{¶5} The Settlement Agreement required the Parties to submit all disputes or claims arising from "the operations of Red Boots, the interpretation of the Red Boots' partnership, the interpretation of the Stipulated Judgment, and the activities of the general partner of Red Boots" to an escalating three-step process: (1) informal discussions; (2) mediation; and (3) "final and binding" arbitration. The Settlement Agreement provided that the mediator would also serve as the arbitrator if mediation was unsuccessful, and stated that any necessary arbitration is governed by New Mexico law. Paragraph 24 of the Settlement Agreement provided that none of the Parties "shall make any comment, statement, or representation to the guardian ad litem, [the California court] or any other court of competent jurisdiction contrary to the established terms of this Settlement Agreement[, ]" and that violation of this provision would result in the mediator or arbitrator ordering "payment of reasonable costs, attorney[] fees, and expenses incurred by the other Litigating Parties[.]"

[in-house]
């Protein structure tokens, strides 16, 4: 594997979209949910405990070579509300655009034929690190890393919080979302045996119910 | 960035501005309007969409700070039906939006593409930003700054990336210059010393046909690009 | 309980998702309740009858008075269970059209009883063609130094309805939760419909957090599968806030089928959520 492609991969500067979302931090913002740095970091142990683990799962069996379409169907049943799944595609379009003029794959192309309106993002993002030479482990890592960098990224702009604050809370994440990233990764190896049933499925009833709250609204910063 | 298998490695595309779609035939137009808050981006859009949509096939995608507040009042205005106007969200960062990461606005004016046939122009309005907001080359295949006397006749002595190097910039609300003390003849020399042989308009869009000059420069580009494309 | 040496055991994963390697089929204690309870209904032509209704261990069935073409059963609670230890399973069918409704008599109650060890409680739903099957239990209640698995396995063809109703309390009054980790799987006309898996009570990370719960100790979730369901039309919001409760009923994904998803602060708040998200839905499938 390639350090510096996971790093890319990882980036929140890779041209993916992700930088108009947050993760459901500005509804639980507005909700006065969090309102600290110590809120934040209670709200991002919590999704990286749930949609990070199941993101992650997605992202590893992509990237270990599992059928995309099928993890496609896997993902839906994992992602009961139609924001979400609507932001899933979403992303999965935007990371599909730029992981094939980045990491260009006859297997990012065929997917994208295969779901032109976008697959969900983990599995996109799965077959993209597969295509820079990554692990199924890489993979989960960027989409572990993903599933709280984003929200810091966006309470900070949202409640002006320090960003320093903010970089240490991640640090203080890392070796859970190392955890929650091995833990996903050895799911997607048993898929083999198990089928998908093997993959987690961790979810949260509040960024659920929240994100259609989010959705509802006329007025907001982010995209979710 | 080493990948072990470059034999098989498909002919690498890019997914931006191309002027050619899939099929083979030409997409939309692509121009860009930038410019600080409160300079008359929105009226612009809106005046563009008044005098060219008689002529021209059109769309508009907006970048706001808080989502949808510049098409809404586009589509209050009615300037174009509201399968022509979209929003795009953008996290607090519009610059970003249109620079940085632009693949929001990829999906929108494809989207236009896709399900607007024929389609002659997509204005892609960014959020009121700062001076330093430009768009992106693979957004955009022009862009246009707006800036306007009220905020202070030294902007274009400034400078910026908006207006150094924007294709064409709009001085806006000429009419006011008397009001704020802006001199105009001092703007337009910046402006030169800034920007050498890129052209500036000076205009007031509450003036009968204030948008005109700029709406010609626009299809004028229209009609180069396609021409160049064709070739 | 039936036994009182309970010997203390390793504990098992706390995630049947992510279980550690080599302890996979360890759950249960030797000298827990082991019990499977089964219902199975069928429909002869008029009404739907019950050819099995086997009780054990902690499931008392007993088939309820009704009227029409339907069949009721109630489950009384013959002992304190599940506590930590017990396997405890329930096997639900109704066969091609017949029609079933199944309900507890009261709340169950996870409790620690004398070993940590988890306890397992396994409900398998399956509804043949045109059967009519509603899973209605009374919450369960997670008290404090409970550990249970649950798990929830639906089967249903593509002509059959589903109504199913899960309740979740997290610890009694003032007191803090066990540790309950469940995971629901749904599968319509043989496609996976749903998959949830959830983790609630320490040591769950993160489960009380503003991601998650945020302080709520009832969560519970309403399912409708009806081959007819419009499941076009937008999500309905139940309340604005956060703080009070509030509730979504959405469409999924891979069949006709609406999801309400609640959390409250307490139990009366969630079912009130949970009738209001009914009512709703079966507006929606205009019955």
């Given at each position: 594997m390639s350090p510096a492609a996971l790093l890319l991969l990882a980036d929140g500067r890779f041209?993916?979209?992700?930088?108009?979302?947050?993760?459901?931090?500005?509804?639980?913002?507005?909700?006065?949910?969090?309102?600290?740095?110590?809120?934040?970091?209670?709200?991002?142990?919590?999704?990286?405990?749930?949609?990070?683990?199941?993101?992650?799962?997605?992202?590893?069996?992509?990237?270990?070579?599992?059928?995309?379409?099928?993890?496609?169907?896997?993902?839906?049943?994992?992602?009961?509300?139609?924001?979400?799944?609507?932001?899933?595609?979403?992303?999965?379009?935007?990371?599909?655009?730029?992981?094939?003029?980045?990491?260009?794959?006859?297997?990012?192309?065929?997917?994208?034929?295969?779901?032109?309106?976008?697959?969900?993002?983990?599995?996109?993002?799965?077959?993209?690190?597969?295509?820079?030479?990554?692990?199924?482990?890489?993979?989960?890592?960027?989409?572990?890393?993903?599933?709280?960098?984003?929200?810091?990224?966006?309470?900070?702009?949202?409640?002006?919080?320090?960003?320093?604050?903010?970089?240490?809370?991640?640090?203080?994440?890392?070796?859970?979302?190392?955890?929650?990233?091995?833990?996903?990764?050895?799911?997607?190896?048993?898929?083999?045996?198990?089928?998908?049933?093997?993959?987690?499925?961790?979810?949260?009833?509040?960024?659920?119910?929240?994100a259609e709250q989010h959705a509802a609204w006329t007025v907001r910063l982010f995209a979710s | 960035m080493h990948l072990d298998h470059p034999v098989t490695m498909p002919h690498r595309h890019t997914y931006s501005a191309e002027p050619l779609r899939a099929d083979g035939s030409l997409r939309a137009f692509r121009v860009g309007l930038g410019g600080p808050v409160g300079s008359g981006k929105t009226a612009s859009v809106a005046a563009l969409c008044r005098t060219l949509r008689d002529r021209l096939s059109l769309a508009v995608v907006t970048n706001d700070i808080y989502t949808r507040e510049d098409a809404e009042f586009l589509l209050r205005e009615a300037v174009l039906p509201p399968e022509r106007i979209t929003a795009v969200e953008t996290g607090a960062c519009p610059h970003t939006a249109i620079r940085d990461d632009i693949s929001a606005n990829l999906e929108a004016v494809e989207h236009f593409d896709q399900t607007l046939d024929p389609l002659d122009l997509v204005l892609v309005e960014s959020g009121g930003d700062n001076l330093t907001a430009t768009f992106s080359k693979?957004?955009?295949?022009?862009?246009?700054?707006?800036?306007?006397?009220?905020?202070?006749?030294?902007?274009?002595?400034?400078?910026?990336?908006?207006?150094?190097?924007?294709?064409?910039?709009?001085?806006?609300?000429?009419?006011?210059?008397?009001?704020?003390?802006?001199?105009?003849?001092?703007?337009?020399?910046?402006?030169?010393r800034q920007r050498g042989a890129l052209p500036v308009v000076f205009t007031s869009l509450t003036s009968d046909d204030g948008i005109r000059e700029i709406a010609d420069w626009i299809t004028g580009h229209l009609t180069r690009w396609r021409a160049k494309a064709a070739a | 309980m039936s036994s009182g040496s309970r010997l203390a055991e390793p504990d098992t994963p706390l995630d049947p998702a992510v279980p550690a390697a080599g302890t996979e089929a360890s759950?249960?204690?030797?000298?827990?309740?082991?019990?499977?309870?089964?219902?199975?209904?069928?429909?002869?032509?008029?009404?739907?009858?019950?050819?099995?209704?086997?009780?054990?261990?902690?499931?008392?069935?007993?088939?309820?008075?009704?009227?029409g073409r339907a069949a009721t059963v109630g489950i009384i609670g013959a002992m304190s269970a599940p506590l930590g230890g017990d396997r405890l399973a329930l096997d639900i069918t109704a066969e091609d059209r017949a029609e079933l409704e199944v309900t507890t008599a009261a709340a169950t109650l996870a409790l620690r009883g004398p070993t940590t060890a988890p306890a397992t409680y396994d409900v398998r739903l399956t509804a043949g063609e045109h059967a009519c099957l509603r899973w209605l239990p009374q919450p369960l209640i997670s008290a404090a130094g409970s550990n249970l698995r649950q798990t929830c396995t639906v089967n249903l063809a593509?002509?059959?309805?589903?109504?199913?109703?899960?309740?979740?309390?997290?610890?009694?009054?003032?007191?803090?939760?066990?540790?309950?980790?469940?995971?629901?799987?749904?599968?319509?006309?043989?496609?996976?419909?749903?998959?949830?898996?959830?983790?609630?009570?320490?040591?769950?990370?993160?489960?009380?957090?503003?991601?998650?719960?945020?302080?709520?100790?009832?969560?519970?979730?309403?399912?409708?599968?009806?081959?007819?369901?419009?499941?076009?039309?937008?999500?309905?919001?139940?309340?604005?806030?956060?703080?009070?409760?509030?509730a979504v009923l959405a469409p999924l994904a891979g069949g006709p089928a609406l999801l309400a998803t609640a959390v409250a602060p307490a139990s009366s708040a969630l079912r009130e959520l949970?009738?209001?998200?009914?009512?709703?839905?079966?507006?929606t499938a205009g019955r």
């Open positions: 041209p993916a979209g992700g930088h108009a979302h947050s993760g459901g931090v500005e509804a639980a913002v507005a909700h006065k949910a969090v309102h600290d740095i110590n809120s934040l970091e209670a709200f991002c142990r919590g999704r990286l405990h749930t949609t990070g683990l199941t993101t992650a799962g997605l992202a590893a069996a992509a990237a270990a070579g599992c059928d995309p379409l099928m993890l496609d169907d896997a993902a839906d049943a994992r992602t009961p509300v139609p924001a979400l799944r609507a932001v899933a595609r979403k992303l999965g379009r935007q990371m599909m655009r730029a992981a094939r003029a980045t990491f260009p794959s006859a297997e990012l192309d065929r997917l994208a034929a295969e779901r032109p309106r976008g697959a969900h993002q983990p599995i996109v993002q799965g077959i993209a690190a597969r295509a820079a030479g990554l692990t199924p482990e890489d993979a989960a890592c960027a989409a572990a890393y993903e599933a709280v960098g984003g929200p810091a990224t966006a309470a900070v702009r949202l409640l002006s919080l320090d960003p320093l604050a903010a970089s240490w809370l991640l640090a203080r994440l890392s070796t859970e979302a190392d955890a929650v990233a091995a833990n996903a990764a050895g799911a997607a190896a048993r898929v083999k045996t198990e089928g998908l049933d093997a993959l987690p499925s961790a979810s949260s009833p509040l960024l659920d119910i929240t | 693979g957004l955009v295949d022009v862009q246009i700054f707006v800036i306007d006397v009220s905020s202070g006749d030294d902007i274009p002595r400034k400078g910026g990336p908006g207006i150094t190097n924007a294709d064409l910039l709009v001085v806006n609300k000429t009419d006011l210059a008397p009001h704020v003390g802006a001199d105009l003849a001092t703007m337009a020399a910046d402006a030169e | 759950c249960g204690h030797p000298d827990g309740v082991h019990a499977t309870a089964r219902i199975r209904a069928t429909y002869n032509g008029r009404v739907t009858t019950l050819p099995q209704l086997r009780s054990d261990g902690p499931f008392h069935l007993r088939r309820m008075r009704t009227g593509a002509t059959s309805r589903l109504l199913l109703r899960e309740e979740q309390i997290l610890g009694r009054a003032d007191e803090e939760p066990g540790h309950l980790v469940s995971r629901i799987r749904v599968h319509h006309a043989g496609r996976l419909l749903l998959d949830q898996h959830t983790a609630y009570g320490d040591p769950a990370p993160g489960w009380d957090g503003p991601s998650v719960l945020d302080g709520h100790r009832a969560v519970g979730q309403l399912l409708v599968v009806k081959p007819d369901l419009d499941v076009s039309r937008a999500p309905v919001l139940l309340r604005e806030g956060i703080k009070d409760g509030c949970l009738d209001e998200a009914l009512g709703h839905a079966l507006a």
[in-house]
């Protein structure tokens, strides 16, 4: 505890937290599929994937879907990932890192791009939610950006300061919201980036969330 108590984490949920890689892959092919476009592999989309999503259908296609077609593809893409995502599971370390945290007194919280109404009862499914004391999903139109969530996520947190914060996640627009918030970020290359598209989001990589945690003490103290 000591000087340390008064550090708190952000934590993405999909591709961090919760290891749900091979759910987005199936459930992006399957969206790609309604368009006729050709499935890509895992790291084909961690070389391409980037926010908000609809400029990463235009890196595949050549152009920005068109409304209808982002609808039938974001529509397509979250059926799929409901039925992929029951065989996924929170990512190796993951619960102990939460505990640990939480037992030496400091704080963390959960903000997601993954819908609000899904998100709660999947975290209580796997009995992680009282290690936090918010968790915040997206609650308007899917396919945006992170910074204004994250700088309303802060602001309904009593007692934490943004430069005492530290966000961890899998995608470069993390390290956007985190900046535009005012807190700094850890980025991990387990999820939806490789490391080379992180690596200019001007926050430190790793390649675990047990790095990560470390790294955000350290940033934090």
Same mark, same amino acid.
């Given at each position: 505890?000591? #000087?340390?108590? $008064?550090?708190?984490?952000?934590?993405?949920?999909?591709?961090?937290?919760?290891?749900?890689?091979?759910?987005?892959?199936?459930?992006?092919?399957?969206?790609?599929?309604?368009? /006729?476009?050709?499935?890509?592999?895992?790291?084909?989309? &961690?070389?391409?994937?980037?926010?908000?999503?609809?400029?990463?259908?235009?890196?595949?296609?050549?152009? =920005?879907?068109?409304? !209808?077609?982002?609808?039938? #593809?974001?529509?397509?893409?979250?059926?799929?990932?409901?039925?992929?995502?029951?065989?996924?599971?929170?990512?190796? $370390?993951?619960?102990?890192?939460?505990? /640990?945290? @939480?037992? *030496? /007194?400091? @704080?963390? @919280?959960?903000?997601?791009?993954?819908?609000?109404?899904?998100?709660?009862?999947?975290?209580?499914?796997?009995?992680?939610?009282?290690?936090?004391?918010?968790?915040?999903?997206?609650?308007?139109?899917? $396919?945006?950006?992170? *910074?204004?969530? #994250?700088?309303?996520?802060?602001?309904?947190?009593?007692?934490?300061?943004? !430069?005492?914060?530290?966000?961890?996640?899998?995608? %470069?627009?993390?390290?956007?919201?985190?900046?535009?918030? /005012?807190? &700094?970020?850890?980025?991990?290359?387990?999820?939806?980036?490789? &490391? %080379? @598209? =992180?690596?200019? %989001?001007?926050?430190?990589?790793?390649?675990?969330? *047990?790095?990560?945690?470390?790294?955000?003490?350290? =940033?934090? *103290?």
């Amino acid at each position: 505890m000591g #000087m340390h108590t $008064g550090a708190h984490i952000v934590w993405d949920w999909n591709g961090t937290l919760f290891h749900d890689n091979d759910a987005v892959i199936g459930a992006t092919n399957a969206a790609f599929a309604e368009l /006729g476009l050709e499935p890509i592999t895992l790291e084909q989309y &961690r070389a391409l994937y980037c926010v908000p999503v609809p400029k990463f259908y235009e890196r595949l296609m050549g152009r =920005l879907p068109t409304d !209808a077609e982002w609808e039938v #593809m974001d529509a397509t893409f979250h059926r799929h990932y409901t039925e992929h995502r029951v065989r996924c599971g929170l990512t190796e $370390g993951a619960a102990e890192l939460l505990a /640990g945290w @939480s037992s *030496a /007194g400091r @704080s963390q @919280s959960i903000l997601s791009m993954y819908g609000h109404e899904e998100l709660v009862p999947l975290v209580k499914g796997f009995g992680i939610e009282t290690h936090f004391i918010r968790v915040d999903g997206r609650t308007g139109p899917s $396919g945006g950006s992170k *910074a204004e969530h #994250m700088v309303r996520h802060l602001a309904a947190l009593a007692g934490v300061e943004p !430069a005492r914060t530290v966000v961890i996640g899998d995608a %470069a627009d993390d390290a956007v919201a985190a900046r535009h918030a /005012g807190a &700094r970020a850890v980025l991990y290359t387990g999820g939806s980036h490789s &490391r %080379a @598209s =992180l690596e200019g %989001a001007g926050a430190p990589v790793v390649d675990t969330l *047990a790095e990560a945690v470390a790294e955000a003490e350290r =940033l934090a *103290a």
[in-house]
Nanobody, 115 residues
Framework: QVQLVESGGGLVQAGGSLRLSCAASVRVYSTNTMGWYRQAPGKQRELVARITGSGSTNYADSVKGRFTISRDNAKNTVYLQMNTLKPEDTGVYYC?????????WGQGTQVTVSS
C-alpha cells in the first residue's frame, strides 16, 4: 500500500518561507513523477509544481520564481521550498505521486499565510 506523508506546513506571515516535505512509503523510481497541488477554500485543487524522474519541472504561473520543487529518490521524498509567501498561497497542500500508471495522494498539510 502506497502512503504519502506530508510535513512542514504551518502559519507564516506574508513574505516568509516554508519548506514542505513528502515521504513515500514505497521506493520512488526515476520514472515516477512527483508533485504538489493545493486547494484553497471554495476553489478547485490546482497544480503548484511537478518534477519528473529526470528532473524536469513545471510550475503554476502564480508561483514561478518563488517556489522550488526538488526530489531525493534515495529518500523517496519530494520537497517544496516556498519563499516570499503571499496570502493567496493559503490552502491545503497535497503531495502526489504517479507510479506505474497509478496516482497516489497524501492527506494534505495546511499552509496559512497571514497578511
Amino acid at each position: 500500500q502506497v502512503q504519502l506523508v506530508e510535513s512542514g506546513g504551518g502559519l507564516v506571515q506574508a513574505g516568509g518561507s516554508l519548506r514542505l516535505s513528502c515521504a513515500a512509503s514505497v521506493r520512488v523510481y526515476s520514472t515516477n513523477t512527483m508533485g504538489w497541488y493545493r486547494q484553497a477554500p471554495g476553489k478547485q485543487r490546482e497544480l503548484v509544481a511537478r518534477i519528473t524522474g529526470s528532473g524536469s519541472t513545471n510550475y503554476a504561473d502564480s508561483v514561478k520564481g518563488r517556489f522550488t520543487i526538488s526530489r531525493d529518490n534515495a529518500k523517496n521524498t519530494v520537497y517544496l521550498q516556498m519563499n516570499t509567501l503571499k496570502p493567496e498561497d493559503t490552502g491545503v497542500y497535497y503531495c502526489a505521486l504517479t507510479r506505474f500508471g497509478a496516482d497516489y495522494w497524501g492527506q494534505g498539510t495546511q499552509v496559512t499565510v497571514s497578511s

{¶6} The Settlement Agreement designated the possible mediators and, thus, arbitrators in order of preference as Smoak, Hatch, Ben M. Allen, and George Bravante. The Parties noted in the Settlement Agreement that Smoak disclosed his role as the president and a member of RSF, and that because Husband was the managing member of RSF, Smoak "may have an interest in the resolution of the disputes between the Parties and may be susceptible to influence by [Husband]." The Settlement Agreement also recognized that Hatch served as RSF's legal counsel and "may be susceptible to influence by [Husband]" because of Husband's role as the managing member of RSF. Nevertheless, the Parties "voluntarily appointed" Smoak to act as mediator with Hatch acting as Smoak's legal counsel, and released and discharged Smoak and Hatch from all claims, complaints, liability, loss, or damage resulting from mediation, the Settlement Agreement, or any decisions by Smoak or Hatch relating to the mediation or the Settlement Agreement. Smoak and Hatch nonetheless agreed "that they will in any future mediation or arbitration take all reasonable steps and act in good faith to be neutral and fair to all [P]arties."